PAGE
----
Thank you for coming to Bulldog Rescue, by using our service you are helping to make it possible for us to help other bulldogs in need across the country. We are the only official bulldog breed rescue for the UK and are Kennel Club registered, endorsed by the London Bulldog Society we are also members of the Bulldog Breed Council and operate to a strict policy. Our aim is to always do the very best for every bulldog that passes through our system and to ensure that his new home is exactly the right home for him. This service is free to everyone that needs to rehome their bulldog and remember that should you need to talk to anyone after your dog has left your care we are able to offer a counselling service as well as we appreciate just how difficult this decision has been for you.


We look forward to hearing from you again very soon and should you need to discuss any part of this process before returning the permission form please feel free to do so.



























In the event that your situation is genuinely urgent, we have a limited number of foster spaces and can arrange for your dog to be collected or delivered to the nearest available place.

Please be aware that foster space is incredibly limited and we prefer to keep these spaces free for genuine emergencies and for cases that are genuinely urgent. If you can keep your dog whilst we search for a new home please help us by doing so and using the Rehoming Service

Please be sure that you are 100% happy with this situation, once your dog has left your care you will have no further legal claim on him. The volunteer will ask you to sign your bulldog over to Bulldog Rescue on collection, this ensures that he is covered by our liability insurance whilst in our care. We will ask the vet to check him over and will deal with any obvious medical problems before he is put up for rehoming. We will then select a family from our existing waiting list. There are several hundred people on our waiting list and we do not operate the list on a system of first come first served. The family will be chosen via a system of area and suitability and we will attempt to find your bulldog a family that matches his needs and requirements. We will vet the potential new family as much as is practically possible and we aim to stay in touch with every single bulldog we rehome.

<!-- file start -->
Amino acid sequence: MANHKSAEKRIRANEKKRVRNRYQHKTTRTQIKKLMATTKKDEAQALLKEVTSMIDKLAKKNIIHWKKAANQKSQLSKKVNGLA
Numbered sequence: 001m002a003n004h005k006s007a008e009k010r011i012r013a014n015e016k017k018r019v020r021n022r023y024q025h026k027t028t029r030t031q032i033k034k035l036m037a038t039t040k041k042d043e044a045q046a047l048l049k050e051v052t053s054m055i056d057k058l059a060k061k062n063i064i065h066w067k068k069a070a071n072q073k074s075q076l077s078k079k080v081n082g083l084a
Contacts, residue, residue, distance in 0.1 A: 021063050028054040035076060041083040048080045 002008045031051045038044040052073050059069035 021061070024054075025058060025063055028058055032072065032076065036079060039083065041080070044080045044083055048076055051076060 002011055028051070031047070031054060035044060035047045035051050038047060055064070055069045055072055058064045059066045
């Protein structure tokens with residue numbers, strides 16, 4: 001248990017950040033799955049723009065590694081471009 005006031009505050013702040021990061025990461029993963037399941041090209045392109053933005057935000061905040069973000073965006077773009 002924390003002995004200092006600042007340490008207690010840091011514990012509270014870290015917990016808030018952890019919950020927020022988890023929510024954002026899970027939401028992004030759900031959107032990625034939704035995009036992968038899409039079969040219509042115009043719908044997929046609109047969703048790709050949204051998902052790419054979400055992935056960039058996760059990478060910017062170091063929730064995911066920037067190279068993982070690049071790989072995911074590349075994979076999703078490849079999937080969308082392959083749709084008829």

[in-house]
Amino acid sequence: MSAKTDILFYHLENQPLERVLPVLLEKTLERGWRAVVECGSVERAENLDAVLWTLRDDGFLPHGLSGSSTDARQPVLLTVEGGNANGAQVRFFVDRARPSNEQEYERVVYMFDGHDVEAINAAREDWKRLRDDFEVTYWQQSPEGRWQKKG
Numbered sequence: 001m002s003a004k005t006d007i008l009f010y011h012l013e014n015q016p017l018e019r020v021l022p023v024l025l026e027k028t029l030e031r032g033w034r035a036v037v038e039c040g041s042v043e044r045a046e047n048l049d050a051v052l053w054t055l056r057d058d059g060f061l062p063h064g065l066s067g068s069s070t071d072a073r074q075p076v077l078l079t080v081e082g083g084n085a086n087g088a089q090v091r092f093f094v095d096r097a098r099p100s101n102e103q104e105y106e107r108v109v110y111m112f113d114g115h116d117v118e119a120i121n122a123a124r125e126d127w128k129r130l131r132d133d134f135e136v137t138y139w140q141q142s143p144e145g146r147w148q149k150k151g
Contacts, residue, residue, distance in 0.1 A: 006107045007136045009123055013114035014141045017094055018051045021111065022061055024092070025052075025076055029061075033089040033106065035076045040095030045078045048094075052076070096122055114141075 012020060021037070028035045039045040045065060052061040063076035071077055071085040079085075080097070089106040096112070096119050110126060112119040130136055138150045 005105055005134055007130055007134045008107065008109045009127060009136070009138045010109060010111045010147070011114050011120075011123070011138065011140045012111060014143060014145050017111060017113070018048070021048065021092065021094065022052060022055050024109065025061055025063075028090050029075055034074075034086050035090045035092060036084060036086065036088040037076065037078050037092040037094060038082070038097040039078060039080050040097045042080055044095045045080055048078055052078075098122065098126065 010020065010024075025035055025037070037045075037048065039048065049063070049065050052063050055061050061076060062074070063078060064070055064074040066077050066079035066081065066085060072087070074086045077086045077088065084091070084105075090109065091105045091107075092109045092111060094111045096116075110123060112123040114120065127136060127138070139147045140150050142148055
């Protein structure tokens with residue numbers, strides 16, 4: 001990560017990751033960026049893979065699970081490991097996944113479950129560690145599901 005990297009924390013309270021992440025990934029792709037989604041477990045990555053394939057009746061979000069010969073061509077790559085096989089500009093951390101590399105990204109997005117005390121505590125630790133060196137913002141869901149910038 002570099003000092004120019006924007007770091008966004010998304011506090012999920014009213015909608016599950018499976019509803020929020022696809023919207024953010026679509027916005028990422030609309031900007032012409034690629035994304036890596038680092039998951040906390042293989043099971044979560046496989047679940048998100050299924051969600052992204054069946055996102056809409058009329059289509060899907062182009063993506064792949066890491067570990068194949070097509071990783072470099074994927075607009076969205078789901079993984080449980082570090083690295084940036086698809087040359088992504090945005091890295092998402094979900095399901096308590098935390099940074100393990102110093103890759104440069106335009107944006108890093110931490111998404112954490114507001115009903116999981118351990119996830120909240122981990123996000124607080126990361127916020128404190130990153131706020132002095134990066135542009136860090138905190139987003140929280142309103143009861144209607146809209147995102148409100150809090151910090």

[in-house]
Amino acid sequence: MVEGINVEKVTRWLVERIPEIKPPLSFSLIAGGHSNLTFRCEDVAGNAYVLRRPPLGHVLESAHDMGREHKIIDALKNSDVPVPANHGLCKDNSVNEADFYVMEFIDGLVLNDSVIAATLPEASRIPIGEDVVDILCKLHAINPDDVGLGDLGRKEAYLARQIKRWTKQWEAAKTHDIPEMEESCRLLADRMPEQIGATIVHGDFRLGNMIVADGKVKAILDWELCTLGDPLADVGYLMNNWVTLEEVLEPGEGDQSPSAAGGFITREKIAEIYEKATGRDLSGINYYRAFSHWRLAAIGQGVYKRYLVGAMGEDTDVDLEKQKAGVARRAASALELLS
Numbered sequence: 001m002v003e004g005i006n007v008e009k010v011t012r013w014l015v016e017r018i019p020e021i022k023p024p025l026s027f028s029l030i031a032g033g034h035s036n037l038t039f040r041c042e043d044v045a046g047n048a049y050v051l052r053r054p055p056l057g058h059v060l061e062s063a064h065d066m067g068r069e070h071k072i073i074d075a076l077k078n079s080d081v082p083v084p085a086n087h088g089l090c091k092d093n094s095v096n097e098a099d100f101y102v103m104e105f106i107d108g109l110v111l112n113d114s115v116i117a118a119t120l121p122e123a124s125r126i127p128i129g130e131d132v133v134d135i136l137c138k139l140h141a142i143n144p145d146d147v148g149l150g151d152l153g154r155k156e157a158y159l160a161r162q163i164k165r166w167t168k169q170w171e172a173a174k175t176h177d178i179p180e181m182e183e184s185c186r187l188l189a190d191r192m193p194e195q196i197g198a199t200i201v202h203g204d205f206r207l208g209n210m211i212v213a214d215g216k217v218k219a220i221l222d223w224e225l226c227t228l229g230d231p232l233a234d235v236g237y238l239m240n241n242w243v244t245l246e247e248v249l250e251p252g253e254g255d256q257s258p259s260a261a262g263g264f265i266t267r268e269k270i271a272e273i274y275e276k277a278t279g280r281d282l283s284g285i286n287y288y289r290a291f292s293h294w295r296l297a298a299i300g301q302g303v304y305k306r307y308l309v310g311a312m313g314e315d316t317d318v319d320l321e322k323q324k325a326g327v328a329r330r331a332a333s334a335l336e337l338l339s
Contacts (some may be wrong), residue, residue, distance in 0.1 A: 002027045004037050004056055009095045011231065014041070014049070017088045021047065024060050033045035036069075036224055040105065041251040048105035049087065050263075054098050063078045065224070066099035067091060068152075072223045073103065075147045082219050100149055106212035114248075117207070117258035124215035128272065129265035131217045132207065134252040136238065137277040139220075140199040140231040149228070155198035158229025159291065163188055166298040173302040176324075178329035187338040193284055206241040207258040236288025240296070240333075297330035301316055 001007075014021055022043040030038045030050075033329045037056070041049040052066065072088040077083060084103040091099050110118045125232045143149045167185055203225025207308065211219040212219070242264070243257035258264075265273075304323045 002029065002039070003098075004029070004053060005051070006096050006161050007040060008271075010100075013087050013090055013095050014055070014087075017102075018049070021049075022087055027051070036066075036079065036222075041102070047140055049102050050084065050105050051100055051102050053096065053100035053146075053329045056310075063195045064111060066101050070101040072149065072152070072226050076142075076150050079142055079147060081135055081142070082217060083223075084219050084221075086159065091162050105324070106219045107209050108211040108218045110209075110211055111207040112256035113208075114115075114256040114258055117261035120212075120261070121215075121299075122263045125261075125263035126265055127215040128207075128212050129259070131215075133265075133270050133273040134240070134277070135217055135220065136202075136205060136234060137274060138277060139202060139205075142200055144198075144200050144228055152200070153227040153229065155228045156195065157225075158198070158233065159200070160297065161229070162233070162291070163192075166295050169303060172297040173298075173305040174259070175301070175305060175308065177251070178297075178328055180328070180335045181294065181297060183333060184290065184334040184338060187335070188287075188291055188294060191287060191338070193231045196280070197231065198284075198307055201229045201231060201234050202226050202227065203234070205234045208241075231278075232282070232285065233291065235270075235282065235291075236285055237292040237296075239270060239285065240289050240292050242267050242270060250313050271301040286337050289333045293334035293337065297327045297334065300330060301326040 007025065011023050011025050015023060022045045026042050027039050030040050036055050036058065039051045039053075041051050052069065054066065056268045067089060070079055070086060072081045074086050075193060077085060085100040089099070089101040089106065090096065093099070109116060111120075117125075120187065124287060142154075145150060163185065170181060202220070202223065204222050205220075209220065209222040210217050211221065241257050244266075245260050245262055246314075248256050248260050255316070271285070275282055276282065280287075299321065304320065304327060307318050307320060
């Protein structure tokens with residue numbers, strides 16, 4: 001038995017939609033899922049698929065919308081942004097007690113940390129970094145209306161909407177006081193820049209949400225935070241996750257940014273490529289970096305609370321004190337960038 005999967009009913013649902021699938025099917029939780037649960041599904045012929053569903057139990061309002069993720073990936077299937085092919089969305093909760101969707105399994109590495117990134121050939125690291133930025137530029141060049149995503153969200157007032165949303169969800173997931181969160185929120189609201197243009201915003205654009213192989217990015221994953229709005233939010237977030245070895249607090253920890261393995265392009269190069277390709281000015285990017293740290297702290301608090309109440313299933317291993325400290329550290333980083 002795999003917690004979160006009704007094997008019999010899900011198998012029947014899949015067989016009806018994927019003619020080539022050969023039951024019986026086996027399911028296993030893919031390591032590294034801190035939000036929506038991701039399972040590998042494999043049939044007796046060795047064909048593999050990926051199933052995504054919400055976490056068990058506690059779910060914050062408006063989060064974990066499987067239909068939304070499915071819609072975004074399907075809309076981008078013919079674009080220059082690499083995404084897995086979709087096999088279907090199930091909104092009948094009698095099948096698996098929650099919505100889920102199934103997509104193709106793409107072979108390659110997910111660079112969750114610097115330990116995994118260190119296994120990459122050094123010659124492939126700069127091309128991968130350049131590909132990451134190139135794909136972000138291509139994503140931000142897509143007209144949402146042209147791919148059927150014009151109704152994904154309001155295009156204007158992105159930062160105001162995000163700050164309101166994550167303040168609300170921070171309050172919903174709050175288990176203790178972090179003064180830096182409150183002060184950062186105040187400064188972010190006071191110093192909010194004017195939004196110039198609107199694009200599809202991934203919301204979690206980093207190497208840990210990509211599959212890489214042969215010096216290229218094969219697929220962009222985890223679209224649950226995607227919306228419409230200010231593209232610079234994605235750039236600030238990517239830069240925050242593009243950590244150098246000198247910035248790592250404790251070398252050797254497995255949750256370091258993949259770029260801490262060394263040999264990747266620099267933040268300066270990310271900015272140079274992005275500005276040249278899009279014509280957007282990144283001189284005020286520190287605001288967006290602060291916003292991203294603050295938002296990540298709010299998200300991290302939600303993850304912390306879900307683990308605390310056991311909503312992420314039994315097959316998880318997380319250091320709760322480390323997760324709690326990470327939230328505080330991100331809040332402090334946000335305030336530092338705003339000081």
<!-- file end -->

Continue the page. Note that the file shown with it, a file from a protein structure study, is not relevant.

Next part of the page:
Please ensure that you send the following items with your dog:

  • Dog bedding/bed/crate - do not wash the bedding so there is a familiar scent in the new home
  • Favourite toys
  • Collar, Lead, Harness etc - remember to remove any name tag from the collar
  • Food/Water bowls and a bag of food so the diet can remain the same or be changed gradually
  • Vaccination card
  • Kennel Club Registration paper and pedigree - these are held on file here
  • Microchip documentation if applicable - microchips are transferred to Bulldog Rescue

Thank you for coming to Bulldog Rescue, by using our service you are helping to make it possible for us to help other bulldogs in need across the country. We are the only official bulldog breed rescue for the UK and are Kennel Club registered, endorsed by the London Bulldog Society we are also members of the Bulldog Breed Council and operate to a strict policy. Our aim is to always do the very best for every bulldog that passes through our system and to ensure that his new home is exactly the right home for him. This service is free to everyone that needs to rehome their bulldog and remember that should you need to talk to anyone after your dog has left your care we are able to offer a counselling service as well as we appreciate just how difficult this decision has been for you.